I haven’t been writing much, if at all, in the past month. If you were to say it was due to this whopper of a presidential race, then you would be much correct. But it’s not just because people on one side believe I should blindly follow one candidate and not question her past statements, including those in which she openly bragged about building private prisons. It’s not even about others fervently backing a man who is perhaps the least qualified person to ever file papers to run for president. Actually, that last part has something to do with it. But something deeper is at play here.
Donald Glover’s new, absolutely brilliant show “Atlanta” recently aired an episode where one of the main characters, rapper Paper Boi, goes on a fictional Tavis Smiley-like talk show. On this talk show, which lasts the entirety of the episode, Paper Boi was being grilled for comments he made against Caitlyn Jenner, while defending himself by defiantly saying he’s not interested in the LGBT movement because of their disinterest in his own struggle as a black man. All in all, the message this episode tries to put forth is that it’s fine for people to have their own beliefs and movements, but if they, in turn, can’t support other movements, then they don’t really have a right to have others be receptive to their own concerns.
This, I believe, is what is truly so awful and off-putting about this election cycle. We as Americans have lost our ability to be a politically empathetic society. What was once spirited, respectful communication has devolved into caps-lock abuse, half-true memes and disparaging names for our political opponents so immature and petulant that only the youngest among us actually find them clever. While Hillarys and her supporters have been guilty of this (think: basket of deplorables), the vast majority of what I refer to is so explicitly seen in those who support Republican presidential nominee Donald Trump. It’s even embedded in his slogan, “Make America Great Again!”
“Taking into account how others are impacted by certain decisions while alternately making other decisions means that you can understand the concerns other groups have, and be trusted enough to continue to make decisions with them in mind. Nothing that Trump nor his supporters have said and done in the past year and a half show me that they have what it takes to make politically sophisticated decisions that positively impact all Americans.”
People gravitate toward slogans like that because they lack the empathy to see that America was not and still is not great for a lot of groups, namely black people, immigrants and Muslims, all of which Trump has denigrated at some point in the course of his campaign. The way he disregards people who are not straight white males really harkens back to a time where these people didn’t have to consider the impact of their decisions on others. Things were much, much simpler back then. Trump voters don’t want to have to empathize with those marginalized groups, so therefore voting for Trump is a way out of doing this, at least for the time being.
But one can only attempt to run the clock out for so long before reality sets in. A consequence of this total lack of empathy for others in the political process is that it leads to a lack of political sophistication when it comes to decision-making in most, if not all, of the issues we face as a nation. What people don’t realize is that empathy and great political decision-making go hand-in-hand. Empathy allows for one to become politically sophisticated. Taking into account how others are impacted by certain decisions while alternately making other decisions means that you can understand the concerns other groups have, and be trusted enough to continue to make decisions with them in mind. Nothing that Trump nor his supporters have said and done in the past year and a half show me that they have what it takes to make politically sophisticated decisions that positively impact all Americans.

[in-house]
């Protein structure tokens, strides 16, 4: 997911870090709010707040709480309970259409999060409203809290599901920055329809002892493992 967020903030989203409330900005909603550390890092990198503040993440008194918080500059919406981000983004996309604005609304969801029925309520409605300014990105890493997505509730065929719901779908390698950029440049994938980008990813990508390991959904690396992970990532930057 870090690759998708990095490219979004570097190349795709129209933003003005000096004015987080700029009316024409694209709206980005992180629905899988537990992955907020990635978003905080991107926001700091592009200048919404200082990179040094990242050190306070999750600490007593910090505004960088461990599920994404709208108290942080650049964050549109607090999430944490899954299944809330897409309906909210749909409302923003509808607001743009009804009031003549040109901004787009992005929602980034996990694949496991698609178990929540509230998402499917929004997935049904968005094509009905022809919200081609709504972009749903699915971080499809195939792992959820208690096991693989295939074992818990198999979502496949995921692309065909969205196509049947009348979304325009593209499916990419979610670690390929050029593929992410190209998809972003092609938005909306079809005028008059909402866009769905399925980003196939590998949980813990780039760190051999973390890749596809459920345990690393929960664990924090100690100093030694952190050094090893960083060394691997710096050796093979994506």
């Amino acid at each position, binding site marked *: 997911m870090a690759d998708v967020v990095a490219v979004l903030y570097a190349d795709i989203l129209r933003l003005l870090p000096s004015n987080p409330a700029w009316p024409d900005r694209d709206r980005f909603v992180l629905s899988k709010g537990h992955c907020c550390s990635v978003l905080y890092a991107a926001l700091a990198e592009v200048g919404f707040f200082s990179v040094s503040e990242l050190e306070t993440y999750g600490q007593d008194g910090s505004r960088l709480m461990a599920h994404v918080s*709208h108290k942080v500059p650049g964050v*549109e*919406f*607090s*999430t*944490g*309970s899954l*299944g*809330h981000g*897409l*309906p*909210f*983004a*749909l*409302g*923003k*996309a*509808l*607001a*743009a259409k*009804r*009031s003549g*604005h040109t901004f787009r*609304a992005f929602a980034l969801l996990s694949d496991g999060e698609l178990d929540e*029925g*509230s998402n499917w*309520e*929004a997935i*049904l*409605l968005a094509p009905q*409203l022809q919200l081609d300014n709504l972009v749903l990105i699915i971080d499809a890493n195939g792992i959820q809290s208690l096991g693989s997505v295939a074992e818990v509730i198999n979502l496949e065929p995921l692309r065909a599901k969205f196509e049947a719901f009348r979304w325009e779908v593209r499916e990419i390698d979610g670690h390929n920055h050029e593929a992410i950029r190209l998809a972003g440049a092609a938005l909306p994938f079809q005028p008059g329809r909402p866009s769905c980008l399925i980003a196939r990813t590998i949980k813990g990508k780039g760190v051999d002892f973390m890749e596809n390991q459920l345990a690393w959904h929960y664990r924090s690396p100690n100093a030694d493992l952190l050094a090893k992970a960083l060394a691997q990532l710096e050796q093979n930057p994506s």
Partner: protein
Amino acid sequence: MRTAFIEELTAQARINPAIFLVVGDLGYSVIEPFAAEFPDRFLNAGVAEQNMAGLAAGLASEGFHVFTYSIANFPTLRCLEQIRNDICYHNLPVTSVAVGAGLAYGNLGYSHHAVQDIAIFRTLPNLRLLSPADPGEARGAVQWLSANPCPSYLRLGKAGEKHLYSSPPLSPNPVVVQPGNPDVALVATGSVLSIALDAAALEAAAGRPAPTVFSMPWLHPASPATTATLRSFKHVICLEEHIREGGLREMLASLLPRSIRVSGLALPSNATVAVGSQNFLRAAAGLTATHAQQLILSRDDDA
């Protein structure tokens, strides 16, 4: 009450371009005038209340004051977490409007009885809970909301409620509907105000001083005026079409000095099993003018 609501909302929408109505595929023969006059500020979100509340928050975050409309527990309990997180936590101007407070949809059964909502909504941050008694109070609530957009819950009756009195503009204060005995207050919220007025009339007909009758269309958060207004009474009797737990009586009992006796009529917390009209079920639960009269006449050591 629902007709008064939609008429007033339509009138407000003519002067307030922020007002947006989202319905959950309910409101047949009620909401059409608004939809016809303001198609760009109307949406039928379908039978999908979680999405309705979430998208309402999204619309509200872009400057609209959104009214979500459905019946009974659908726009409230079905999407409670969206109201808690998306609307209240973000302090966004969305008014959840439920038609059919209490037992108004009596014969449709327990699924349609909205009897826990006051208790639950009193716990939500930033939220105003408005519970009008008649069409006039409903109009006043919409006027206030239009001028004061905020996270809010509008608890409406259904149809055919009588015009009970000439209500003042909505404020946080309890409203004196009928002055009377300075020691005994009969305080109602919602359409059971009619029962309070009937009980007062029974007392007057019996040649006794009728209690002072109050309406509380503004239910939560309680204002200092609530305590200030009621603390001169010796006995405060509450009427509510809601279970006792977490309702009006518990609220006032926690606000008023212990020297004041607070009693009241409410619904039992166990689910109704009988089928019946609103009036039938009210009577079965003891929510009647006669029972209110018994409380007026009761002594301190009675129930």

With demographics swiftly changing, this is not how you run a national campaign in 21st-century America. You can no longer have a one-size-fits-all plan to engage the electorate, disparage other parts of the same electorate and still expect to win big nationwide. Some people are fine with being marginalized, and think that if we just can handle a little bit of marginalization then overall we will be okay. Others may call this identity politics or pandering. But in politics, it should be a top priority to talk to and understand new groups so that you can figure out a way to best help them. It’s only pandering if you think of empathy as a four-letter word, as is the case with so many of our politicians today, especially Donald Trump.
This world and this political climate both are perpetually changing. Thankfully, more people from traditionally marginalized backgrounds have a seat at the table. This has allowed us to learn different perspectives to ensure that everyone is heard and their concerns are acknowledged and addressed. Unfortunately, throughout this campaign, there has only been one side so passionate about suppressing voices of color and their concerns, and this dubious honor resides with the GOP and their nominee for president. I know the same thing was said in 2012. But, seriously, this time, if the GOP doesn’t adapt, turn on that empathy switch and reach out to groups that didn’t have voting rights in 1789 America, then the party will go the way of the Whig and the Dodo bird.